Successful Implementation of Genetic Education for Native Americans Workshops at National Conferences
Dignan, Mark B., Burhansstipanov, Linda, Bemis, Lynne, Genetics
Genetic Education for Native Americans (GENA) was a National Human Genome Research Institute (NHGRI)/Ethical, Legal, and Social Implications (ELSI)-funded educational intervention designed to provide a unique genetics education program for Native American college and university students. A curriculum was developed and implemented in workshops in geographically diverse settings throughout the United States, primarily in conjunction with regional and national scientific conferences that include substantial numbers of Native American attendees. The original curriculum includes 24 objectives and has been offered in two formats, as a 16-hr "comprehensive" program and in briefer workshops (referred to as "customized" hereafter) that are designed to include objectives for selected audiences. Both formats teach sufficient genetics to allow discussion and understanding of the ELSI and cultural issues related to genetics science. This article describes the evaluation findings from our implementation of both formats of the GENA curriculum.
GENETIC Education for Native Americans (GENA; NHGRI R25 HG01866) was a 4-year project funded in 1998 by the Ethical, Legal, and Social Implications (ELSI) research program of the National Human Genome Research Institute (NHGRI) at the National Institutes of Health (NIH). The goal of GENA was to provide culturally sensitive genetics instruction to Native Americans to increase their awareness of genetics as a topic. This would include an understanding of genetics research and testing and careers in the field of genetics. As an overall goal, it was designed to help improve informed decision making about genetics and genetics research in Native American communities. Genetics has been a controversial issue among Native Americans during the past 20 years. The controversy was initially due to the lack of a sufficient informed consent process for the International Human Genome Diversity Project. Subsequent issues include, but are not limited to genetics research and tribal sovereignty, patenting of Native intellectual knowledge, storage of genetic specimens, and sharing of genetic specimens without tribal notification (BURHANSSTIPANOV et al. 2001a,b, 2002).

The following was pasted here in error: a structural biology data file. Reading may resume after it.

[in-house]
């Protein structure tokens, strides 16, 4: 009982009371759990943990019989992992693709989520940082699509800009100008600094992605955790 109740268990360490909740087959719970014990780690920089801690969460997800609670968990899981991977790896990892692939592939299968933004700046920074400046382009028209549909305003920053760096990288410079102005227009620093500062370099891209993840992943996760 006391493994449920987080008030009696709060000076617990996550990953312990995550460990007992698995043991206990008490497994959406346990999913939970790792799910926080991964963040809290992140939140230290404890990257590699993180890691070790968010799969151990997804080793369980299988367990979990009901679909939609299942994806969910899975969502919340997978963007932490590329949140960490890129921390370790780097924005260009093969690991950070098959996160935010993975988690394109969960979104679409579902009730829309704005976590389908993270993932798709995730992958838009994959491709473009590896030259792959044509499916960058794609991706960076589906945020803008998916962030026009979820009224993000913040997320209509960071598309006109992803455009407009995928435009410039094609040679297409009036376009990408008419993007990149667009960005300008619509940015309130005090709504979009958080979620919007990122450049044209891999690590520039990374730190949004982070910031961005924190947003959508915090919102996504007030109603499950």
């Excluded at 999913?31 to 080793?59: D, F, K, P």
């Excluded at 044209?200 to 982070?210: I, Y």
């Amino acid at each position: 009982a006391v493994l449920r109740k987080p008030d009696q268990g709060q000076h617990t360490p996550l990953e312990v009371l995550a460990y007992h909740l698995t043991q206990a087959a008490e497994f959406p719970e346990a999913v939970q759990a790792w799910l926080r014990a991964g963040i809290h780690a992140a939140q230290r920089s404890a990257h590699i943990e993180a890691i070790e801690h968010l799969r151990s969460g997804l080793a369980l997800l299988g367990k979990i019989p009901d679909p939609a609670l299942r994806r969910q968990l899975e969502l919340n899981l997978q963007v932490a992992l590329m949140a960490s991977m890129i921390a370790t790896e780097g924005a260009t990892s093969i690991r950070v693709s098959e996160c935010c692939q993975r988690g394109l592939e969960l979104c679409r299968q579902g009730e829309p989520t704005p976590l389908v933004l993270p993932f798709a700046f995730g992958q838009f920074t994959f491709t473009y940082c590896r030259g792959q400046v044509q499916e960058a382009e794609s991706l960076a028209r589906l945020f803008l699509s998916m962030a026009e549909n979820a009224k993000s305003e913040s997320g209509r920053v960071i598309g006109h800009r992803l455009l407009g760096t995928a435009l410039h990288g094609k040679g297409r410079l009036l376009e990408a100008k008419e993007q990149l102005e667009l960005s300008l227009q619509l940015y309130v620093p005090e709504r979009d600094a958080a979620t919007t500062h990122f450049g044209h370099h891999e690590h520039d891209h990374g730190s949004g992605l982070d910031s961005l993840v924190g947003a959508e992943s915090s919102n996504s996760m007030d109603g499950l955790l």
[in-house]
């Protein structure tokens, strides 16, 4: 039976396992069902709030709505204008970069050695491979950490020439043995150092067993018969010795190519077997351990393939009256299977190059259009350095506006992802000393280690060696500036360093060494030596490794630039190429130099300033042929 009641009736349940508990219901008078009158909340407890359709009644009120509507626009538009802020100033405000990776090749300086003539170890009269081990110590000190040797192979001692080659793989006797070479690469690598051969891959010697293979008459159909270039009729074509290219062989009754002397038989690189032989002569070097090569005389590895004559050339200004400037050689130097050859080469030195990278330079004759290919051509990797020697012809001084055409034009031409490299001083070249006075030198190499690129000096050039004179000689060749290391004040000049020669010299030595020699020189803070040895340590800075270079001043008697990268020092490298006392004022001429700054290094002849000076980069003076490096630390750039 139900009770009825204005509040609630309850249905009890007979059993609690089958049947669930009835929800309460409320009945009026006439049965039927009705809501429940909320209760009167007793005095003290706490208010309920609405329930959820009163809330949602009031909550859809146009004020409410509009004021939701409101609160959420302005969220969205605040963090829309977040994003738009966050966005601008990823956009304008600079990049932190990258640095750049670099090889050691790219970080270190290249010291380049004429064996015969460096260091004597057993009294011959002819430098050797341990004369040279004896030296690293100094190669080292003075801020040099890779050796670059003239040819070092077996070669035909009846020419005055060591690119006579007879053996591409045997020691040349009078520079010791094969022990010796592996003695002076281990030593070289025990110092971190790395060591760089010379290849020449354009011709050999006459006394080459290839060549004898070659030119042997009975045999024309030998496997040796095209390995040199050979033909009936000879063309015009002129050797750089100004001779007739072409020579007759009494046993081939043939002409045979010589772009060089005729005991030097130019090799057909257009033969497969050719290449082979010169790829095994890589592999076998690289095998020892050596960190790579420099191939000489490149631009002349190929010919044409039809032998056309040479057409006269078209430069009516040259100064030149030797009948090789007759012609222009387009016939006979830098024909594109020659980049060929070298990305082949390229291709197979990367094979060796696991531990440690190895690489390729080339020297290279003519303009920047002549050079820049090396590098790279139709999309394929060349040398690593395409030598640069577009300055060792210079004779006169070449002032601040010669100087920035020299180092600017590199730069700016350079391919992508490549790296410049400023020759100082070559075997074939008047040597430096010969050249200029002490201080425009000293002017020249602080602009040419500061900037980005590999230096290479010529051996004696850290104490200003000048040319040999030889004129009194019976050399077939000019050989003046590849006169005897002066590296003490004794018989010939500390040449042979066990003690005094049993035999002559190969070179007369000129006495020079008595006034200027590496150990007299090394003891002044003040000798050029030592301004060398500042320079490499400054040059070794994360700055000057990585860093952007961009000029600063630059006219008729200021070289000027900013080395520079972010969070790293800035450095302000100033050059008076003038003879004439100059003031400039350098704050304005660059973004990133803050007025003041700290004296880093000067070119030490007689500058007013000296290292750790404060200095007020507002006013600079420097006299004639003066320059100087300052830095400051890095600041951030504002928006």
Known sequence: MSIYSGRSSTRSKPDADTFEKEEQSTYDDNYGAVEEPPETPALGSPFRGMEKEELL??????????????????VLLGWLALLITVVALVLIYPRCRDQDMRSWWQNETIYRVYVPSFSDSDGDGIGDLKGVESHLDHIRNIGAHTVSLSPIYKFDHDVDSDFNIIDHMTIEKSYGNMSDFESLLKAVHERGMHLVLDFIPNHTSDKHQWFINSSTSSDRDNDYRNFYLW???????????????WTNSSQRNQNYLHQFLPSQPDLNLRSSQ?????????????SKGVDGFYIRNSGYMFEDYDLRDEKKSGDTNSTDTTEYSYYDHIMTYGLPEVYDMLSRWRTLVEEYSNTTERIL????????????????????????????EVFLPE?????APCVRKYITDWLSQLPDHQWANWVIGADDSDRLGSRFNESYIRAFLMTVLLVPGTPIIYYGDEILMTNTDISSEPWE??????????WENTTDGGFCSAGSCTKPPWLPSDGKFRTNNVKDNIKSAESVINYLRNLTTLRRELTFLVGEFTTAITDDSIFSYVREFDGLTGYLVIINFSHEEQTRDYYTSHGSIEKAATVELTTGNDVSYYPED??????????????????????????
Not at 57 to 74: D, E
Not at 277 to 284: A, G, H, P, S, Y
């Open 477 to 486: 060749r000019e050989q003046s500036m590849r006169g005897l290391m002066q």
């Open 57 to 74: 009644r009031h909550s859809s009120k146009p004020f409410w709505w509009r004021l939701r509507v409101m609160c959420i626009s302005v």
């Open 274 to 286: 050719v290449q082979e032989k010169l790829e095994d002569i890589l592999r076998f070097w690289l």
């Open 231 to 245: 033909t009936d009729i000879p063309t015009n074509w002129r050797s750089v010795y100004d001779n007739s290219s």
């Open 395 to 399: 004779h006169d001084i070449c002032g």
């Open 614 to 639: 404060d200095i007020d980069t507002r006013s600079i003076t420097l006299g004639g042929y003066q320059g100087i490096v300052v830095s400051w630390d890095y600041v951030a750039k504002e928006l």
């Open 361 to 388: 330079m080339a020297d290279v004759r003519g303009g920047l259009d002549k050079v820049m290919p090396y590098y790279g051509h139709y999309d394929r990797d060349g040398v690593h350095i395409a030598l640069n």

The primary target population for GENA instruction was Native American college and university students. The decision to focus on students was based on recommendations from intertribal leaders on how to effectively integrate genetics education into Native American communities (BURHANSSTIPANOV et al 2001a,b). The primary product from GENA was a culturally relevant and acceptable curriculum for teaching genetics to Native Americans. Development and implementation of the curriculum has been described previously (BuRHANSSTIPANOV et al. 2001b, 2002). The original curriculum included 24 objectives and recommended specific teaching methods. The teaching methods were developed to emphasize interactive learning, hands-on participation of students, and extensive interactions with faculty. The GENA curriculum is taught by teams that usually include two members: at least one with substantial expertise in genetics and the other with cultural and scientific training. GENA is provided in workshops that are carried out in conjunction with scientific and cultural meetings that include large numbers of Native American students. The workshops are provided in two formats: as "customized" 3- to 5-hr events or as "comprehensive" 16-hr events. The customized workshops are designed to provide instruction that is limited to specific GENA objectives. The objectives are selected to tailor the workshop to the needs of the audience. The comprehensive 16-hr events, on the other hand, include instruction for all 24 of the original GENA objectives. Table 1 shows the original 24 objectives that are included in GENA, as well as 5 objectives added since the grant officially ended.
MATERIALS AND METHODS
The GENA curriculum: Curriculum development for GENA included focus groups, extensive review of available curricula, and collection of information about genetics career opportunities (BURHANSSTIPANOV et al. …